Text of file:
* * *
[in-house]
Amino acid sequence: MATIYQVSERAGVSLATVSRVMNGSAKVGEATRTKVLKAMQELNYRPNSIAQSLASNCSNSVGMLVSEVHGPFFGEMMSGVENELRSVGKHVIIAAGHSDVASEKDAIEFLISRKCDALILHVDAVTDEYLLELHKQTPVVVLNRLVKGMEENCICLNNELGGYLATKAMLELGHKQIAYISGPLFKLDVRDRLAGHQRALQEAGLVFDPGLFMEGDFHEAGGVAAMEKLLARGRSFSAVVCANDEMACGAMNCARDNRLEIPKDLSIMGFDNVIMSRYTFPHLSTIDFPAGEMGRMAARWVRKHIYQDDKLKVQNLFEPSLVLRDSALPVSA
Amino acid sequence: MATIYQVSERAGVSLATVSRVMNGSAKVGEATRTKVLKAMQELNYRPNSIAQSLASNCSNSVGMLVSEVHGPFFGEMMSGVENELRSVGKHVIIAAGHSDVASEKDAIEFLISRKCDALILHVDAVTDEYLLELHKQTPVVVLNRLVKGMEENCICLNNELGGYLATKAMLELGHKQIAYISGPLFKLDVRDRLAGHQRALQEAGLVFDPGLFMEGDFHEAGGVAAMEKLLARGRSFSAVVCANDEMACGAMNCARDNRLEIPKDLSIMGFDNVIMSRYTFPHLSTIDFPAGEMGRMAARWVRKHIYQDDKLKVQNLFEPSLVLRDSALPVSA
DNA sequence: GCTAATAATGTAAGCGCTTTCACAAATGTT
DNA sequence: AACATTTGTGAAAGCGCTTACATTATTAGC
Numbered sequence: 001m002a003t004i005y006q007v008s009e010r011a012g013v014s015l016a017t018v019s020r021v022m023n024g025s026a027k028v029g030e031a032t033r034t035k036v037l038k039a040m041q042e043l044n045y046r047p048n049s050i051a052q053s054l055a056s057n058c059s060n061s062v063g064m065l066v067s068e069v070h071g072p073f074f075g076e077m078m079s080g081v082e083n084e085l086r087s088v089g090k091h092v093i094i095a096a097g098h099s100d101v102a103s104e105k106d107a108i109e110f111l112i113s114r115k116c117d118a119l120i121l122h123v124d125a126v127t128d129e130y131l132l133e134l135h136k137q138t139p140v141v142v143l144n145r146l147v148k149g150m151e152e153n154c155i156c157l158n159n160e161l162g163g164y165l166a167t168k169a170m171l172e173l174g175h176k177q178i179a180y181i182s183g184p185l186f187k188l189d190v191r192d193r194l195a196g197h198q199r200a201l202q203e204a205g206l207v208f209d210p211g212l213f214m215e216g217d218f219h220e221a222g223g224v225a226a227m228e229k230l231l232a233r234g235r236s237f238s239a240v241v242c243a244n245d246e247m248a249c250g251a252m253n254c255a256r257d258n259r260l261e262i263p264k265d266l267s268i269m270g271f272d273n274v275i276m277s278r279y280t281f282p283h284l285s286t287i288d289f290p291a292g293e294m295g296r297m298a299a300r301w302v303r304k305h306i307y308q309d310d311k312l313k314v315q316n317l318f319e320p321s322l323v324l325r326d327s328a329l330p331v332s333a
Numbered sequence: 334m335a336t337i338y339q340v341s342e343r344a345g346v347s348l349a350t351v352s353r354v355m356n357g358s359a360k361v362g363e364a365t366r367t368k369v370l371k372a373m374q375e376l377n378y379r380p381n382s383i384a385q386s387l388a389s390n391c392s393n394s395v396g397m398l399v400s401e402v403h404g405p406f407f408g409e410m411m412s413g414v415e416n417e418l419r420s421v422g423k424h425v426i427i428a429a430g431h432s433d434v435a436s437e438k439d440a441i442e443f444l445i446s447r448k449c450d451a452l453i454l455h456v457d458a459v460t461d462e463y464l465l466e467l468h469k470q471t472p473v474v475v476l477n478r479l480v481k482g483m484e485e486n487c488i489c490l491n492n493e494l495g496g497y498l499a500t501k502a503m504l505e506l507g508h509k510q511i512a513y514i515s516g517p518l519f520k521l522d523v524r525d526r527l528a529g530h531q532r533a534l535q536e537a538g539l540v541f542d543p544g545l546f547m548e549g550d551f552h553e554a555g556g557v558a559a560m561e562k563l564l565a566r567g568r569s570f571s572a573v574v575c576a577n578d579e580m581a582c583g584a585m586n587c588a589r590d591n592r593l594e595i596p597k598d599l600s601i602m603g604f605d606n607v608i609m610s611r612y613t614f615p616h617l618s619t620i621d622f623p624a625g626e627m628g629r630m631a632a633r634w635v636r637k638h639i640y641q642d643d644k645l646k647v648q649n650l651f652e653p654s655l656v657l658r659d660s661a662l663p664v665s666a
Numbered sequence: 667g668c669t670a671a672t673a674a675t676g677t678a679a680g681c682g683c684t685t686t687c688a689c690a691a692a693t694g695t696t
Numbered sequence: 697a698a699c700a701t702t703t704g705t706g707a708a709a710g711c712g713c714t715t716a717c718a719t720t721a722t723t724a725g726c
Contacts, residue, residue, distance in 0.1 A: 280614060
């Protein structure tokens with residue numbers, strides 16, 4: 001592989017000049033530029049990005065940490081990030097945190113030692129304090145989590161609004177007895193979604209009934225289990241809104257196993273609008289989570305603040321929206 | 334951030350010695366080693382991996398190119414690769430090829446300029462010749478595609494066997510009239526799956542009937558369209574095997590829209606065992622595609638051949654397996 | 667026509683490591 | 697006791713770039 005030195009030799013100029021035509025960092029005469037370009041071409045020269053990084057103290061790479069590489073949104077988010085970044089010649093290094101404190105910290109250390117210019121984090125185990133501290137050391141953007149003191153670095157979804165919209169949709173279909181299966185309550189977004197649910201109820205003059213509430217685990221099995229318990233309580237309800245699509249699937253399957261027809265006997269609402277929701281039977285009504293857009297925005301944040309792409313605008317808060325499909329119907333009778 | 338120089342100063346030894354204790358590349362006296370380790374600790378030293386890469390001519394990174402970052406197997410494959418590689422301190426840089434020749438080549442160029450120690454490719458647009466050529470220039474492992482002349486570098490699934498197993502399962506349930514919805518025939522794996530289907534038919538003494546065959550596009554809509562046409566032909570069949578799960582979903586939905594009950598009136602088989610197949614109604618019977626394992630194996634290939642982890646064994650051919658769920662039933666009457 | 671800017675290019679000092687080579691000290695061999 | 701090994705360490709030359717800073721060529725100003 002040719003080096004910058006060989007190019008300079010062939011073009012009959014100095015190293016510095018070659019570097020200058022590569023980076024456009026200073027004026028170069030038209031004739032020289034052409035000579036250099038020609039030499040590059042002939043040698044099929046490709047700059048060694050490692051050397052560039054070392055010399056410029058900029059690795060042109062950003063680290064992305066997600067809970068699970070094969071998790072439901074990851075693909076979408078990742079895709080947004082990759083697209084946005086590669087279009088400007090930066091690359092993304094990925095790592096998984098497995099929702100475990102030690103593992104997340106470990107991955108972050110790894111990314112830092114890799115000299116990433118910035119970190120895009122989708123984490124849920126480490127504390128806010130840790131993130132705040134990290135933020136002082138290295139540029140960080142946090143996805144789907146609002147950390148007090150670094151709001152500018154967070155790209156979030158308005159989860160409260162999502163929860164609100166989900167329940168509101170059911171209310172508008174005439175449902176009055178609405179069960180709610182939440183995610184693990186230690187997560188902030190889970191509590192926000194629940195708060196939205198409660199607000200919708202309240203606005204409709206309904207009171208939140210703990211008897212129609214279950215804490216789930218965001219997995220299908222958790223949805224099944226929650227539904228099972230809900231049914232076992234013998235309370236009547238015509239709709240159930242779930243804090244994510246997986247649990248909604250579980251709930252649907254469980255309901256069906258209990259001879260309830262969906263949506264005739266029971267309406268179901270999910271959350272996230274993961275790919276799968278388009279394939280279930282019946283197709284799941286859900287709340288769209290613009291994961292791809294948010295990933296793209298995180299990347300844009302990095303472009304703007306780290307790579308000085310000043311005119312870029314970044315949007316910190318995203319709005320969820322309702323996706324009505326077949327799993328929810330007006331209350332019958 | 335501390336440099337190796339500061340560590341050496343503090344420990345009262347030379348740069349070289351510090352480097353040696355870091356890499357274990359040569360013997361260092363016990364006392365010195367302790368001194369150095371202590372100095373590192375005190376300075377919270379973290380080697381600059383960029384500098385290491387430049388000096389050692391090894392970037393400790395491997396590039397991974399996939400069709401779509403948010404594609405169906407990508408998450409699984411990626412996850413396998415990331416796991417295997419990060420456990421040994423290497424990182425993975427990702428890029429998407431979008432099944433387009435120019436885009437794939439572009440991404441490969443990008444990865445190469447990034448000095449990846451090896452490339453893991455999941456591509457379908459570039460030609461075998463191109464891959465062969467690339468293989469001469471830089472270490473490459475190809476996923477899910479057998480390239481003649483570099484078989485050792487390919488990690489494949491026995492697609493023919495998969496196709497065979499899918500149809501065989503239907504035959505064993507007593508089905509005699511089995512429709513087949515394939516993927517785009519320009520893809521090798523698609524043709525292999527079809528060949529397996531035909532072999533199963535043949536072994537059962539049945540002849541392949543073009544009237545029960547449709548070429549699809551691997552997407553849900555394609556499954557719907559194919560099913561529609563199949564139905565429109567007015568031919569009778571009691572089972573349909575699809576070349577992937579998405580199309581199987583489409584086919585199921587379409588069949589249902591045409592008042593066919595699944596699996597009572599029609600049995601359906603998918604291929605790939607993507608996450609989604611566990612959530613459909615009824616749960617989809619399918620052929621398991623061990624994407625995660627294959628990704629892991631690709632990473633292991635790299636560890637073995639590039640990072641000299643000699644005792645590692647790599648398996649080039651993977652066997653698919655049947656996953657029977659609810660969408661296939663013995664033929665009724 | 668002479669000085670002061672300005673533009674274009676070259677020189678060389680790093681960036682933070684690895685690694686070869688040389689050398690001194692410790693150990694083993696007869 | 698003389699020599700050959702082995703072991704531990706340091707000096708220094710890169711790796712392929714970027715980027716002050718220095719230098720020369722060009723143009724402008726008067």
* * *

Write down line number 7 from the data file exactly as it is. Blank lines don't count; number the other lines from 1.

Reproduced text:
Numbered sequence: 334m335a336t337i338y339q340v341s342e343r344a345g346v347s348l349a350t351v352s353r354v355m356n357g358s359a360k361v362g363e364a365t366r367t368k369v370l371k372a373m374q375e376l377n378y379r380p381n382s383i384a385q386s387l388a389s390n391c392s393n394s395v396g397m398l399v400s401e402v403h404g405p406f407f408g409e410m411m412s413g414v415e416n417e418l419r420s421v422g423k424h425v426i427i428a429a430g431h432s433d434v435a436s437e438k439d440a441i442e443f444l445i446s447r448k449c450d451a452l453i454l455h456v457d458a459v460t461d462e463y464l465l466e467l468h469k470q471t472p473v474v475v476l477n478r479l480v481k482g483m484e485e486n487c488i489c490l491n492n493e494l495g496g497y498l499a500t501k502a503m504l505e506l507g508h509k510q511i512a513y514i515s516g517p518l519f520k521l522d523v524r525d526r527l528a529g530h531q532r533a534l535q536e537a538g539l540v541f542d543p544g545l546f547m548e549g550d551f552h553e554a555g556g557v558a559a560m561e562k563l564l565a566r567g568r569s570f571s572a573v574v575c576a577n578d579e580m581a582c583g584a585m586n587c588a589r590d591n592r593l594e595i596p597k598d599l600s601i602m603g604f605d606n607v608i609m610s611r612y613t614f615p616h617l618s619t620i621d622f623p624a625g626e627m628g629r630m631a632a633r634w635v636r637k638h639i640y641q642d643d644k645l646k647v648q649n650l651f652e653p654s655l656v657l658r659d660s661a662l663p664v665s666a